With the International Space Station set to retire by the end of the decade, NASA is looking over proposals from 50 entities to build new private space stations. (Image Credit: NASA)
It’s kind of sad, in a way…
Now that the International Space Station expects to retire by the decade’s end, NASA is looking over proposals that would see new private stations orbiting Earth, saving the agency over $1 billion annually. So far, NASA has already received a dozen proposals from private companies for contracts under the project.
Earlier this year, NASA unveiled the Commercial LEO Destinations Project, which plans to award up to $400 million in contracts to four companies to start developing the private space stations. The ISS, which is over two decades old, costs NASA $4 billion a year to operate, and now the space agency is exploring different avenues to reduce costs. The ISS has been approved to operate through the end of 2024 while expecting to expand its lifespan to the end of 2028. NASA wants to select a winning contract before the end of this year.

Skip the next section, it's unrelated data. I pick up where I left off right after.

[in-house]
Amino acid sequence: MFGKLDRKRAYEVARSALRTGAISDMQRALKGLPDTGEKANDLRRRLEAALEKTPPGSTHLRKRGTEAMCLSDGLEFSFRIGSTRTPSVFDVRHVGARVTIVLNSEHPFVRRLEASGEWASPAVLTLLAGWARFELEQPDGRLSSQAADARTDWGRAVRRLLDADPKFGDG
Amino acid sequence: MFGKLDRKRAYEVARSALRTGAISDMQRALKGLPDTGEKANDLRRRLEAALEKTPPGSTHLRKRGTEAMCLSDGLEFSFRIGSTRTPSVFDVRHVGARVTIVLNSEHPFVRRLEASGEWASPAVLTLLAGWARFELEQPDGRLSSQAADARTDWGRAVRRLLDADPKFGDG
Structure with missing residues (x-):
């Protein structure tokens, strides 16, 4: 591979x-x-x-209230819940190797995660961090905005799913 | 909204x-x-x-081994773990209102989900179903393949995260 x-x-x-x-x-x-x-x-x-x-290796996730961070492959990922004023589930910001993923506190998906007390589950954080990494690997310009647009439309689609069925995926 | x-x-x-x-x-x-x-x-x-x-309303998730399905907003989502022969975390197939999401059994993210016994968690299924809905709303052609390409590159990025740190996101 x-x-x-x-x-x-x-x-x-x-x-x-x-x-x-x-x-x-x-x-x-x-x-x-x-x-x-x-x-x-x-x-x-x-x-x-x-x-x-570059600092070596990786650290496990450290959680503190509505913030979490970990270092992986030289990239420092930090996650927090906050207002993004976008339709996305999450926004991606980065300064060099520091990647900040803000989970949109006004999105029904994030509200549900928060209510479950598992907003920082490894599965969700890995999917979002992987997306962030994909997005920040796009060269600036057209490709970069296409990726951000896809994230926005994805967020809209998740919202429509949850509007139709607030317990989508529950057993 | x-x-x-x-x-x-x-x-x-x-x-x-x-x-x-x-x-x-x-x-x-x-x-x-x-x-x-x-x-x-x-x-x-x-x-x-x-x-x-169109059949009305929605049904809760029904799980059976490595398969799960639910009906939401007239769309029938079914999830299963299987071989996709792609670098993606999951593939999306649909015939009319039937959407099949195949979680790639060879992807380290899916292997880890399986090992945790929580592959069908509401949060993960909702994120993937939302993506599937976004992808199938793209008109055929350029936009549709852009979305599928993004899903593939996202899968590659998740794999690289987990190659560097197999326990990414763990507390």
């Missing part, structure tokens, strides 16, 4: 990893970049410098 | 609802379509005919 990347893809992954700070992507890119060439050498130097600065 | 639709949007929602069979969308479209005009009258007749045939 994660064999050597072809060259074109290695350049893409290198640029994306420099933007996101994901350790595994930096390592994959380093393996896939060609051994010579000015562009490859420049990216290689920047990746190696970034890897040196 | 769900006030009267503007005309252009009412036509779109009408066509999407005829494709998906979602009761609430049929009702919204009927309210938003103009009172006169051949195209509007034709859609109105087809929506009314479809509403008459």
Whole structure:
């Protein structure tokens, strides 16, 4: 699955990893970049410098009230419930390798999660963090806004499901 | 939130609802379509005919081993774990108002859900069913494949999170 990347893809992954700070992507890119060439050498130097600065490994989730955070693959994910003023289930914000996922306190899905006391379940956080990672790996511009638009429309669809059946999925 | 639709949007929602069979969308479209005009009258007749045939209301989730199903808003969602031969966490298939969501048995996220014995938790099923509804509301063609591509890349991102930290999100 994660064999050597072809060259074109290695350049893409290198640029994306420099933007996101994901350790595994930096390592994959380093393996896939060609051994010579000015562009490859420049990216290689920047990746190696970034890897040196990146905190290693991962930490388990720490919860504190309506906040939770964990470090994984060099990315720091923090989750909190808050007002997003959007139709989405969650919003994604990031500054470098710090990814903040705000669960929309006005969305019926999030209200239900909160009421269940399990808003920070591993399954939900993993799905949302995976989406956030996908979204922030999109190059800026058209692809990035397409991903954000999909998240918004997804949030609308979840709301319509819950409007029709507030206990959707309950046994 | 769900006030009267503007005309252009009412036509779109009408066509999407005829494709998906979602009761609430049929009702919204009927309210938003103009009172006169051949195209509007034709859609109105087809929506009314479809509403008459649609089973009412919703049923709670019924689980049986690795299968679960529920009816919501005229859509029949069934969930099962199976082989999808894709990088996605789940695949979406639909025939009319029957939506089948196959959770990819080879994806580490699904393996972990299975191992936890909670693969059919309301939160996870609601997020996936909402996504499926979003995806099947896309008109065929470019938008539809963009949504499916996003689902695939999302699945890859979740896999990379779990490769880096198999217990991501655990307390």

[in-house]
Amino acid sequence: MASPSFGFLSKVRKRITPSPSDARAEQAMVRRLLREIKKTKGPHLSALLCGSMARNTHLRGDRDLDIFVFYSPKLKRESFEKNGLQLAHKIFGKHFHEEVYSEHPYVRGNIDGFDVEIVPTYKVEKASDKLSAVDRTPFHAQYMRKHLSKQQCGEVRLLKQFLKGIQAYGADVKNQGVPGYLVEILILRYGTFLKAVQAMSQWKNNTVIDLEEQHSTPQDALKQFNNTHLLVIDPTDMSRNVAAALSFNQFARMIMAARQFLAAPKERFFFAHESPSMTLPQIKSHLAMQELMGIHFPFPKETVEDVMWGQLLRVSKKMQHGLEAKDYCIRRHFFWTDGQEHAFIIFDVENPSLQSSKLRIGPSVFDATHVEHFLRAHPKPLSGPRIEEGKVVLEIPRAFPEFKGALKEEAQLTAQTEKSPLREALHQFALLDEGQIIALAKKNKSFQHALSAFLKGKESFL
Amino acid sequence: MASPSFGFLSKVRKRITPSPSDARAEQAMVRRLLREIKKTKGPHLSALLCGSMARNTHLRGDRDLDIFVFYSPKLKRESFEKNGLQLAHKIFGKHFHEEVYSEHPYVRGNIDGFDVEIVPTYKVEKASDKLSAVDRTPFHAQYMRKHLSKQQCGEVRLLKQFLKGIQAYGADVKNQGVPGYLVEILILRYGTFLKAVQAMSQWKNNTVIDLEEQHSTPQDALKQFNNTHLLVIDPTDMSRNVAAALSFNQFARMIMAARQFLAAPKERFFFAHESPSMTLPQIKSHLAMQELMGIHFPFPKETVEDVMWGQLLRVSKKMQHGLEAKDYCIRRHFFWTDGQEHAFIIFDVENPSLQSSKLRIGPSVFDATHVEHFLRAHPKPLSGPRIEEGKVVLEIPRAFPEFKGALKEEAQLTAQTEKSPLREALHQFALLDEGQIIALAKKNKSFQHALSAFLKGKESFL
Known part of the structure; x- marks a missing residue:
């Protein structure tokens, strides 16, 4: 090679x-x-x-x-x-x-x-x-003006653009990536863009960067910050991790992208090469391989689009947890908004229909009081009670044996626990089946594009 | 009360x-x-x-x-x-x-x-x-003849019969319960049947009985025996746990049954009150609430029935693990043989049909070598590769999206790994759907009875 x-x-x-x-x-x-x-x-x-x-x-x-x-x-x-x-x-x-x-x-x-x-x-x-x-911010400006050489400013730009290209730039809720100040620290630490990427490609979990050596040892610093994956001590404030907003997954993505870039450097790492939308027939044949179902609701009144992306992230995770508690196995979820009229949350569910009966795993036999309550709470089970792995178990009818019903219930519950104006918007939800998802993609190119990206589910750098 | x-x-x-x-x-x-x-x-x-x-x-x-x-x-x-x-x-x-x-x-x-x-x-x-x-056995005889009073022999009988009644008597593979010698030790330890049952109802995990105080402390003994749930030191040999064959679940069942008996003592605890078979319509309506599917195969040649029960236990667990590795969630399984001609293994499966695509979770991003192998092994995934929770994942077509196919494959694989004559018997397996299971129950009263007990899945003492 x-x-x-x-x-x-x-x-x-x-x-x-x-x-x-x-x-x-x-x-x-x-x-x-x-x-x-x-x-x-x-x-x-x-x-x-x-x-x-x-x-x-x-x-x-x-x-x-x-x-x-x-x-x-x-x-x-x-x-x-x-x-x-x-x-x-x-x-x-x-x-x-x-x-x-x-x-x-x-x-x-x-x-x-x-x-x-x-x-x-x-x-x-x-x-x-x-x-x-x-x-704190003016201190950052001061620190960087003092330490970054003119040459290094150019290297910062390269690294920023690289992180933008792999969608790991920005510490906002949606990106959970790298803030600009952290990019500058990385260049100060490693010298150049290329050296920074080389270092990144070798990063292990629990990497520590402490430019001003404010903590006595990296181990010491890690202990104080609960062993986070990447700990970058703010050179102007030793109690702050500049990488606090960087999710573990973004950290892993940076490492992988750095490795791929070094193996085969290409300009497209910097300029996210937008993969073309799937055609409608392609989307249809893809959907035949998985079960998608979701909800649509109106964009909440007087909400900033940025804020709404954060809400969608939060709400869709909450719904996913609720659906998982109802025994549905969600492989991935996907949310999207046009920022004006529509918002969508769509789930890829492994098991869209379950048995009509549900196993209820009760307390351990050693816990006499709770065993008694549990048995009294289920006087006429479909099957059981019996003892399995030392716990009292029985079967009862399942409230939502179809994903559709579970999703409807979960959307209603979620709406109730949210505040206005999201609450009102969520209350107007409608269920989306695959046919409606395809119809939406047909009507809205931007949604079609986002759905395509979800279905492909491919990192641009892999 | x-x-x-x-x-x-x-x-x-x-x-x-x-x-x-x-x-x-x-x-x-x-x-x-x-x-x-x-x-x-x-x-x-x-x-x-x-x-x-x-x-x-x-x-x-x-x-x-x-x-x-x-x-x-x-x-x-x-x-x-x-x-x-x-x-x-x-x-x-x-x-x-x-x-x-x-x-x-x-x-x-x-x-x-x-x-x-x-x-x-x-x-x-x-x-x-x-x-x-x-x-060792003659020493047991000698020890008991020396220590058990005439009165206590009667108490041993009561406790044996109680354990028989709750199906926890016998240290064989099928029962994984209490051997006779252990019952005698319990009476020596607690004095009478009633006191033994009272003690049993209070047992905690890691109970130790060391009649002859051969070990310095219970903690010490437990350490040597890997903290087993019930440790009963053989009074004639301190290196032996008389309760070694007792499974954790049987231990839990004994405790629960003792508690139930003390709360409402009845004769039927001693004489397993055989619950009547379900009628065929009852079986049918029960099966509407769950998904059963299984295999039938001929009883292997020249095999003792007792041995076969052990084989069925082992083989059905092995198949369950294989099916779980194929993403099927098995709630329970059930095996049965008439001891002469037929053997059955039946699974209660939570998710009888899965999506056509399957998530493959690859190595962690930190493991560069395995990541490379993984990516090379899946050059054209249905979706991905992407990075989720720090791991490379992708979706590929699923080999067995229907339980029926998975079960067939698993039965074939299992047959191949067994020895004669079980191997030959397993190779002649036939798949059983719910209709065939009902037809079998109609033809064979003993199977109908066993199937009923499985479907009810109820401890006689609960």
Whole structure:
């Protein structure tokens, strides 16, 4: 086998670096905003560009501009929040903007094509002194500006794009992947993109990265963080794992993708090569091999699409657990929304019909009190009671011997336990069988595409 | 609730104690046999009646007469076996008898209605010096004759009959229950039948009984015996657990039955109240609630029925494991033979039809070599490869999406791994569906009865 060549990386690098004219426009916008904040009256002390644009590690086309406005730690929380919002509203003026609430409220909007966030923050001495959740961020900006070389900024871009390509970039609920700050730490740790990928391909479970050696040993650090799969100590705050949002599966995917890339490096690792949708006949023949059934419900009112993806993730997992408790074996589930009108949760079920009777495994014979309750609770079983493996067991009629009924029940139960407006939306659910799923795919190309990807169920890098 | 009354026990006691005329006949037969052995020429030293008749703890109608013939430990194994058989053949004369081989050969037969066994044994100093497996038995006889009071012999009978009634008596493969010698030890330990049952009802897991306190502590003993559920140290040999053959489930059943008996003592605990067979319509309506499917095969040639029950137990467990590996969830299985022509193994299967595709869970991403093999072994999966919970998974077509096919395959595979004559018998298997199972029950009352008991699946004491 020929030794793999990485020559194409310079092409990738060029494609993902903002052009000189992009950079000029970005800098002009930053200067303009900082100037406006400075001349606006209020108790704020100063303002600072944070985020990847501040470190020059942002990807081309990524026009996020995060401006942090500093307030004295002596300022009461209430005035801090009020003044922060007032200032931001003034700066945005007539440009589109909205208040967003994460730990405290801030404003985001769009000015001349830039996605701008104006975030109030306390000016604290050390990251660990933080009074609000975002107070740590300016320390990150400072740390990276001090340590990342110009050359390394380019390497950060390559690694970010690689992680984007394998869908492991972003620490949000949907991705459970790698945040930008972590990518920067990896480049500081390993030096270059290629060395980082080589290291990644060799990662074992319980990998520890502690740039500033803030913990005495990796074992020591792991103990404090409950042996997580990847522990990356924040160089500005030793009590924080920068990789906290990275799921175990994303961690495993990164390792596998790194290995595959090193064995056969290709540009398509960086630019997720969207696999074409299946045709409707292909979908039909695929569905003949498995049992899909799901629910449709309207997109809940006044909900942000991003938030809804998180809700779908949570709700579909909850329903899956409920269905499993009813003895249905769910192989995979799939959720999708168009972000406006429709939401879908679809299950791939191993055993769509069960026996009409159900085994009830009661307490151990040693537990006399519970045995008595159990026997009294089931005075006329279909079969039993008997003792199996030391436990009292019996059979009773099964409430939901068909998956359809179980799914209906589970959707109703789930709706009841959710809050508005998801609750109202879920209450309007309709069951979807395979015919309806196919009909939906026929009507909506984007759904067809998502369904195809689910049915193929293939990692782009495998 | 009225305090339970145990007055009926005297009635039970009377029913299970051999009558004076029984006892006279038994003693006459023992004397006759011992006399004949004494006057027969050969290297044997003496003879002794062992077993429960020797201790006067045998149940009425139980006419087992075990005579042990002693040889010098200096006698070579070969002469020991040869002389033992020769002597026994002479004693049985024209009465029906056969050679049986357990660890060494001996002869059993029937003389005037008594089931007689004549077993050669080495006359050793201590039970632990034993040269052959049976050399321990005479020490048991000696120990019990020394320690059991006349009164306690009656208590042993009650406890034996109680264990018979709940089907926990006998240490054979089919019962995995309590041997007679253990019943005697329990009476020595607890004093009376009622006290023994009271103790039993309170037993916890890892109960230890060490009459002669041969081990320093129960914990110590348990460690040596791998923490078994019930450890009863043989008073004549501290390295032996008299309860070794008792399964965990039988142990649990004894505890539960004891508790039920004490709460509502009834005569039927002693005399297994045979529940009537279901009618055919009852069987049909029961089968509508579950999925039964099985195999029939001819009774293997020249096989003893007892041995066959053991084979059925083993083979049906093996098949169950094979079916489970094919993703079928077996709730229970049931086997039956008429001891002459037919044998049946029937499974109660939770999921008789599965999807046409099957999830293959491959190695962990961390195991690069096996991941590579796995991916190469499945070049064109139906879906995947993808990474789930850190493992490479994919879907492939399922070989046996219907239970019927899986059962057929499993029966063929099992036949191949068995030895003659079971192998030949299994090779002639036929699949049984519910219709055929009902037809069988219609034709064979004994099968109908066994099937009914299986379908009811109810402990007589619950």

NASA didn’t name any companies that submitted proposals. However, over 50 start-up and aerospace corporations expressed interest when the program was announced. Some include SpaceX, Blue Origin, Airbus, Boeing, and Lockheed Martin.
While the ISS inches toward retirement, NASA already started implementing other usability options for the station. For example, NASA awarded $140 million to Axiom Space to develop modules that will connect to the ISS. Once the station retires, Axiom plans on detaching the modules, transforming them into a free-flying space station.
NASA also says it won’t need a station quite as large or capable as the ISS in the future. The private station could be very large, but NASA would only pay for needed parts.
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